>>> discussion pops up every few years (last time it resulted in making
>>> relatime the default). But this is a special case for btrfs. atime is
>>> already bad on other filesystems, but it's much much worse in btrfs.
>>>
>>
>> Just mount with -o noatime, there's no chance of turning something like that on
>> by default since it will break some applications (notably mutt). Thanks,
>>
>> Josef
>
> I know about the discussions regarding compatibility with existing
> applications. The problem here is, that it is not only a compatibility
> problem. Having atime enabled by default, may give you ENOSPC
> for reasons that a normal user does not understand or expect.
> As a normal user, I would think: If I never change something, why
> does it then take up more space just by reading it?
> --
> To unsubscribe from this list: send the line "unsubscribe linux-fsdevel" in
> the body of a message to majordomo [at] vger
> More majordomo info at http://vger.kernel.org/majordomo-info.html
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ablock84 at googlemail

May 25, 2012, 9:38 AM

Post #5 of 12 (168 views)
Permalink
Re: atime and filesystems with snapshots (especially Btrfs) [In reply to]

On Fri, May 25, 2012 at 6:28 PM, Andreas Dilger <adilger [at] dilger> wrote:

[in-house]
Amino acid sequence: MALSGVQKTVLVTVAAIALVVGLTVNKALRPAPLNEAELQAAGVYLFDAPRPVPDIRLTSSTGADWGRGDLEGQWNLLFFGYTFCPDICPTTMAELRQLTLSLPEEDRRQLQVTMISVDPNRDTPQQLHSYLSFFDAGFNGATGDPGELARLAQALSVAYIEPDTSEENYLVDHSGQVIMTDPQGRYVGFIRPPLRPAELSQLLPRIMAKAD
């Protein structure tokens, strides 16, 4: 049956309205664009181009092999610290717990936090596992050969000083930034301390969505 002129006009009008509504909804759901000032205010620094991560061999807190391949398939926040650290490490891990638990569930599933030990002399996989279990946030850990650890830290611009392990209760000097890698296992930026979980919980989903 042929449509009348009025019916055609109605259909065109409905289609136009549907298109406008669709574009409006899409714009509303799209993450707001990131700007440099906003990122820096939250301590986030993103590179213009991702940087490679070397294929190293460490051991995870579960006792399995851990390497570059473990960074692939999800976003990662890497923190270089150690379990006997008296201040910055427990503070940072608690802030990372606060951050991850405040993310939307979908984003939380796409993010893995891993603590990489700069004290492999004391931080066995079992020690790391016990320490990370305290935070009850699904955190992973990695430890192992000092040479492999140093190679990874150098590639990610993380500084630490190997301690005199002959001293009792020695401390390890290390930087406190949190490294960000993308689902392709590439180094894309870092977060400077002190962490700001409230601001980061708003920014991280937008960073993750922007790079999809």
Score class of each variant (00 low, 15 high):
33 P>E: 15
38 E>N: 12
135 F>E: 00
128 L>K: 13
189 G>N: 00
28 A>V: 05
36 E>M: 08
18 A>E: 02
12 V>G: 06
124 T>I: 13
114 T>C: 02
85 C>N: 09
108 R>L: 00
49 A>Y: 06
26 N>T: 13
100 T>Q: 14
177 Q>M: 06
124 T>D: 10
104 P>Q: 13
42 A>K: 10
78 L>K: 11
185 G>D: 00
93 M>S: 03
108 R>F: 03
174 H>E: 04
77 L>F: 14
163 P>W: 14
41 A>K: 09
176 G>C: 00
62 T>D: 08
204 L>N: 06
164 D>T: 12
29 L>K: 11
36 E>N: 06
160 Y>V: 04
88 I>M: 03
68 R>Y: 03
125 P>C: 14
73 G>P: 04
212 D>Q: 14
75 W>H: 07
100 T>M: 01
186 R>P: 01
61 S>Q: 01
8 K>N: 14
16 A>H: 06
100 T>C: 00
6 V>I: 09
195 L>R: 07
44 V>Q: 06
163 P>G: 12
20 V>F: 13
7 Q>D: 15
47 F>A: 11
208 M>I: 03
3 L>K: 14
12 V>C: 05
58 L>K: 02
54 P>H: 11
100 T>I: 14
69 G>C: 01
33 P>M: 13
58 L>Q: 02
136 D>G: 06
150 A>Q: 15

> On 2012-05-25, at 9:59, Alexander Block <ablock84 [at] googlemail> wrote:
>
> Are you talking about the atime for the primary copy, or the atime for the snapshots?  IMHO, the atime should not be updated for a snapshot unless it is explicitly mounted r/w, or it isn't really a good snapshot.
>
Snapshots are by default r/w but can be created r/o explicitly. But
that doesn't matter for the normal use case where you snapshot / and
continue working on /. After snapshotting, all metadata is shared
between the two subvolumes, but when a metadata block in one of both
subvolume changes (no matter which one), this one metadata block get's
cowed and unshared and uses up more space.
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ablock84 at googlemail

May 25, 2012, 9:48 AM

Post #6 of 12 (166 views)
Permalink
Re: atime and filesystems with snapshots (especially Btrfs) [In reply to]

On Fri, May 25, 2012 at 6:32 PM, Freddie Cash <fjwcash [at] gmail> wrote:
>
> On May 25, 2012 9:00 AM, "Alexander Block" <ablock84 [at] googlemail> wrote:
>>
>> On Fri, May 25, 2012 at 5:42 PM, Josef Bacik <josef [at] redhat> wrote: